2015 Safest Year Yet for U.S. Mining
Preliminary data released by the Mine Safety and Health Administration confirm that 2015 was the safest year in U.S. mining history, both in the number of deaths and mining's fatal and injury rates.
Preliminary data released by the Mine Safety and Health Administration confirm that 2015 was the safest year in U.S. mining history, both in the number of deaths and mining's fatal and injury rates, which are calculated based on hours of miners' exposure. MSHA's updated "Mine Safety and Health at a Glance" page showed the data in charts on inspections, violations, the number of mines and miners, and fatality and injury rates for coal, metal and nonmetal, and all mining.
"The progress we made in 2015 is good news for miners and the mining industry. It is the result of intensive efforts by MSHA and its stakeholders that have led to mine site compliance improvements, a reduction of chronic violators, historic low levels of respirable coal dust and silica, and a record low number of mining deaths," said Assistant Secretary Joseph A. Main.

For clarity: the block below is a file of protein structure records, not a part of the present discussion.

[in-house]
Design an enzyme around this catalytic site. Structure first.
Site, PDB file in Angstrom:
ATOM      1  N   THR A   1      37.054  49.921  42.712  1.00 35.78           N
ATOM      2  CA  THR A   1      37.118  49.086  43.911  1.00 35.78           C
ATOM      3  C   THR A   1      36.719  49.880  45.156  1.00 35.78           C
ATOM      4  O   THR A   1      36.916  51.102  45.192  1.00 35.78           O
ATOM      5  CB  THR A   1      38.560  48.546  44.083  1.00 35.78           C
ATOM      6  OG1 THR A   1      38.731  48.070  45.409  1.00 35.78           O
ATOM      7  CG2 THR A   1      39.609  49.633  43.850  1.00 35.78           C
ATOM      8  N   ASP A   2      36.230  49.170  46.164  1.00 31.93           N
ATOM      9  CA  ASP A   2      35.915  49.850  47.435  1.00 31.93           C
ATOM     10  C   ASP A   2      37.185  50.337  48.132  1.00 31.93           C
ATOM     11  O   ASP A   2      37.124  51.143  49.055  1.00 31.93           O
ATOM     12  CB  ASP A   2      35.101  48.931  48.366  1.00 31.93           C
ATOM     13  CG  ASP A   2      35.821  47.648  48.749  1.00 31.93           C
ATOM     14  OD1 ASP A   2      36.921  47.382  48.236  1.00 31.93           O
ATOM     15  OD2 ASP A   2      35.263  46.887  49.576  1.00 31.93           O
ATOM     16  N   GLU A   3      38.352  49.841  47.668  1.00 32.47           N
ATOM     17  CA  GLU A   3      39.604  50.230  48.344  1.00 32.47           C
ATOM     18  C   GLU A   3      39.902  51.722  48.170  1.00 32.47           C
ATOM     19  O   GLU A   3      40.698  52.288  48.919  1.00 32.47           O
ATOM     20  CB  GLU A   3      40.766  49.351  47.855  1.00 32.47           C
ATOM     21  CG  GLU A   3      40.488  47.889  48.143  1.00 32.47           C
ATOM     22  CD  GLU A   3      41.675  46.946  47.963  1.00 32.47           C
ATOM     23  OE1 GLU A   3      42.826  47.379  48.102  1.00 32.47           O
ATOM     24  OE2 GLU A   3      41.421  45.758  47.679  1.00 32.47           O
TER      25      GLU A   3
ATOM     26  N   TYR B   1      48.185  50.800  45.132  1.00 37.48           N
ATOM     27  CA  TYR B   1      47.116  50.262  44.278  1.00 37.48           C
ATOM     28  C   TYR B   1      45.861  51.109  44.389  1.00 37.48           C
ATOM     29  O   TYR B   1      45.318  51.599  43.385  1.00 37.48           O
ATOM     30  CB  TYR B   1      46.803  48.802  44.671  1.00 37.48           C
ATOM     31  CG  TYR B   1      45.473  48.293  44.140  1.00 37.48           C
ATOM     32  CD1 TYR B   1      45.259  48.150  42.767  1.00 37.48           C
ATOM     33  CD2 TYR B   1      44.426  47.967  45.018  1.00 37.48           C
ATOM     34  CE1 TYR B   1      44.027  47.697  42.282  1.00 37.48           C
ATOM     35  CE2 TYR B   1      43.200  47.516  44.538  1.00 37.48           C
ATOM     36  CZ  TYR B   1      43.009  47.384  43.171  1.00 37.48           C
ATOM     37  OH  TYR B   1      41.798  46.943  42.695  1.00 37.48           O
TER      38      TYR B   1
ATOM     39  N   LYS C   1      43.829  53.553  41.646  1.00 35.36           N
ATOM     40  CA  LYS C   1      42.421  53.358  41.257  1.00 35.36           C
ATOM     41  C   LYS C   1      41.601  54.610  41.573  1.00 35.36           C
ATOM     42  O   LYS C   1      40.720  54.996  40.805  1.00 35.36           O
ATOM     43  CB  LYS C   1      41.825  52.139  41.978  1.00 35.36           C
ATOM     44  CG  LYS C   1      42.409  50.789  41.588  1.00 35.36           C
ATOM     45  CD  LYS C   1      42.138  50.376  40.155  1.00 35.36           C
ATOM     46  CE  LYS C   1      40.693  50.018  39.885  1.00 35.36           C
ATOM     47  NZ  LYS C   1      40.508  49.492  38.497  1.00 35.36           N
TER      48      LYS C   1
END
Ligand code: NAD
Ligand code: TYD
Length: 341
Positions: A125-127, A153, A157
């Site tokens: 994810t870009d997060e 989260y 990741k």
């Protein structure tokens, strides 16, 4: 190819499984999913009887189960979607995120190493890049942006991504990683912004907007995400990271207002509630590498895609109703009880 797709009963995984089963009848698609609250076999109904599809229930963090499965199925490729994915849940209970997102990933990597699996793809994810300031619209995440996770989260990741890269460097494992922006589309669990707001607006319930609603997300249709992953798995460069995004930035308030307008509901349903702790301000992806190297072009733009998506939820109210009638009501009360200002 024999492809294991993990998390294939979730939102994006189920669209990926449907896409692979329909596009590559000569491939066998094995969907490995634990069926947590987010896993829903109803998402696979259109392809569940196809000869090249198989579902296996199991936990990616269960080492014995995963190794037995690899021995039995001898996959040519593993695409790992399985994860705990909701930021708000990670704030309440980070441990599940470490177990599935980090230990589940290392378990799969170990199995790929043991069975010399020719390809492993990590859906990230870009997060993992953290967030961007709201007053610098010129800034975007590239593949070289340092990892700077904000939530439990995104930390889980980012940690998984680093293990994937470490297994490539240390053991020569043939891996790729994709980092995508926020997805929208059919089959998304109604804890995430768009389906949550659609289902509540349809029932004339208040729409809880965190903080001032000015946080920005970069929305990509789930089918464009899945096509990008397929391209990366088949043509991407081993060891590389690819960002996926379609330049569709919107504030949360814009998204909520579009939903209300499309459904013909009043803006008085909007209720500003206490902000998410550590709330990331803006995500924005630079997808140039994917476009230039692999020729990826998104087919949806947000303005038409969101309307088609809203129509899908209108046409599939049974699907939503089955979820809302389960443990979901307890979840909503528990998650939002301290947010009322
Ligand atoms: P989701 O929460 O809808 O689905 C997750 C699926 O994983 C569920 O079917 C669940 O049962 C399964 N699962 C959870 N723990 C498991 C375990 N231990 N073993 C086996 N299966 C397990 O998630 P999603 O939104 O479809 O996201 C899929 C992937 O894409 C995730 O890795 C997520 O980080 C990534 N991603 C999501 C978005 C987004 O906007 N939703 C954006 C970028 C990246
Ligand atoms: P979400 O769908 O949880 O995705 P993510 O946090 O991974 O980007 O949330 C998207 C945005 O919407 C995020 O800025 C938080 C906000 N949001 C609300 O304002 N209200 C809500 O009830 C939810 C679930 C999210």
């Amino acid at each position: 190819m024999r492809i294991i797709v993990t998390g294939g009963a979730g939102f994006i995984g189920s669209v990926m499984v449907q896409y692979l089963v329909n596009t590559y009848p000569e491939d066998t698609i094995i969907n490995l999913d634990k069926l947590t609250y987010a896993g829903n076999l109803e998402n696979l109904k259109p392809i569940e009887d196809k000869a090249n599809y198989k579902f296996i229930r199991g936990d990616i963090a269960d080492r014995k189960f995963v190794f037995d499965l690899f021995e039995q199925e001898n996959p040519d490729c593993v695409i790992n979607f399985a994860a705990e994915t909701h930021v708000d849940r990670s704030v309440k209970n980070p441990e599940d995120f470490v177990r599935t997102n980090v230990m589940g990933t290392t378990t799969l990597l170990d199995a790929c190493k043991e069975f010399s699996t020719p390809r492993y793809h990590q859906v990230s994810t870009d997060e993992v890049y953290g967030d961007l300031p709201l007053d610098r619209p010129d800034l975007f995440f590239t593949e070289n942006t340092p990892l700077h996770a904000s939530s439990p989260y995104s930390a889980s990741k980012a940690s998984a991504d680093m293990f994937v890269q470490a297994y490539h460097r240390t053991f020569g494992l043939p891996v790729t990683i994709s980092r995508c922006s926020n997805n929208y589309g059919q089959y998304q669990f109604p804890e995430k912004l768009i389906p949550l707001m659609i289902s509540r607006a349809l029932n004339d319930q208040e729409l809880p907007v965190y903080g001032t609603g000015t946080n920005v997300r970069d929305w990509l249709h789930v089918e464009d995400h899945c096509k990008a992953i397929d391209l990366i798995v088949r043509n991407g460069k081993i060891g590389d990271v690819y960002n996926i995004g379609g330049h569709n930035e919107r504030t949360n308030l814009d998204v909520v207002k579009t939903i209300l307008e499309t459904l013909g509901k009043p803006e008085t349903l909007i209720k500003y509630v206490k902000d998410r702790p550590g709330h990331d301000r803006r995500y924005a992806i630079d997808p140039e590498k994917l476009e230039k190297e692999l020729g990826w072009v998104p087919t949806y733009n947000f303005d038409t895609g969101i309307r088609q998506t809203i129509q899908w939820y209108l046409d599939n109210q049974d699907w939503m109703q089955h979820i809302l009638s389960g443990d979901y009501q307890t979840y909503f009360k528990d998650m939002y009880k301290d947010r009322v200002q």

MSHA reports that in 2015, 28 miners died in mining accidents, down from 45 in 2014. The fatal injury rate for all mining was 0.0096 (reported injuries per 200,000 hours worked), the lowest in mining history and down from 0.0144 in 2014 and 0.0110 in 2011 and 2012. The fatal injury rate for coal mining in 2015 was 0.0121, also the lowest rate ever. The previous fatal injury rate low was set in 2011 during a period of peak employment in the coal industry.
The all-injury rate, as reported by mine operators, also fell to a new low of 2.28 n 2015, with coal's all-injury rate falling to 2.88, the first time it dropped below 3.0, and metal and nonmetal's all-injury rate dropping to a new low of 2.01.
MSHA citations and orders issued also fell by 11 percent in 2015. Assessed penalties dropped to $62.3 million, with approximately 2 percent of violations not yet assessed. MSHA will release a final version of the calendar year data in July.